Sunday, 12 August 2012

Day 33: Amazon, Coal Powered Data Servers? Really?

Did you know: If you used a web service like Netflix, Pinterest, Dropbox or Instagram today, you were routed through Amazon’s cloud platform? (source)

A recent study estimated that one third of all daily internet users will access an Amazon cloud site on average at least once a day; Greenpeace believes 64% of Amazon's electricity comes from coal.

But, as Greenpeace says: 

There’s hope! The tech industry is led by a few very large companies who can choose to quit the coal habit. Thanks to you [people supporting Greenpeace campaigns], Facebook already has. So we're kicking off a campaign to see Microsoft, Amazon, and Apple — three of the largest owners of data centres in the world — make the switch."

 The Letter

To: Jeff Bezos, Amazon CEO

Amazon is known for its fun culture and great customer service. But there is one area that it is seriously harming its customers. The coal-fired power plants that energize your giant data centers are one of the world’s top sources of airborne carcinogens and greenhouse gases.

You’ve probably seen the Greenpeace International report confirming just how much coal is being burned to keep all those servers online. It casts quite a cloud over all that IT innovation, but the facts are easy to see: Our data is downright dirty.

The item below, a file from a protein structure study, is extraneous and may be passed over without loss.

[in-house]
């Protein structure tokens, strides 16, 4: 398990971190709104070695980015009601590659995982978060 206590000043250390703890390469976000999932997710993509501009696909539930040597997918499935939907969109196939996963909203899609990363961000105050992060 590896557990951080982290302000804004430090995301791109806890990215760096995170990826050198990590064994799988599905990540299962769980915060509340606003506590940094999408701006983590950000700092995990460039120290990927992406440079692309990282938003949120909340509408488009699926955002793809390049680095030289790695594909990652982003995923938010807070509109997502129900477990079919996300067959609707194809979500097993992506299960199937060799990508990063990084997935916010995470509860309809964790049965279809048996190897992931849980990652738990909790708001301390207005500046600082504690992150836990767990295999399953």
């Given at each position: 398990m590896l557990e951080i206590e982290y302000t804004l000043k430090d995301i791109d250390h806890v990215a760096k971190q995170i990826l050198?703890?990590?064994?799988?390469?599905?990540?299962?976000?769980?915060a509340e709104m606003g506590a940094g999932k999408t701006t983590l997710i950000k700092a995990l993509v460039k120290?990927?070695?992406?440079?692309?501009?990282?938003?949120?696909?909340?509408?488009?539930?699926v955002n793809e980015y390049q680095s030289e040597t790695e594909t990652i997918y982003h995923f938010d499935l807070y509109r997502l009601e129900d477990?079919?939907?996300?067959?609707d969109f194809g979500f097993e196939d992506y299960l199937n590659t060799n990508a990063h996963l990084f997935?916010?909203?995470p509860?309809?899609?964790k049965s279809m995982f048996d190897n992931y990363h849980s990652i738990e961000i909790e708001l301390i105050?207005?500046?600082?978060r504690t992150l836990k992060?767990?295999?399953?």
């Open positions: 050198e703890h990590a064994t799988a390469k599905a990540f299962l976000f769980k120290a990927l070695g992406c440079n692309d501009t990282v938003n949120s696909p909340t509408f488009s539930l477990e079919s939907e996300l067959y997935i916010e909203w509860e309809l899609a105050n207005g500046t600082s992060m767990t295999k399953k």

But you have an opportunity to clear things up, leading us toward the realization of IT that is powered by the sun and the wind, not dirty coal. Here’s what you can do to make it happen:

 - Make it company policy to seek renewable energy when siting your data centres.
 - Urge your electricity suppliers to move away from dirty energy
generation, investing instead in renewable energy generation, capacity, and efficiency.
- Advocate full transparency of your energy use and carbon footprint for all products, as well as your cloud presence.
- Encourage your product suppliers and manufacturers to adopt similar policies, and give preferences to green suppliers

As an environmentally aware digital citizen, I'm asking you to help us all breathe a little easier by working with Greenpeace to create a world where data centres powered by dirty coal are a thing of the past. Along with being the source of so many IT breakthroughs, you'll literally give us all a breath of fresh air.

Sent to:
The problem with web-based companies is they are less likely to provide a snail mail address for customer comments.

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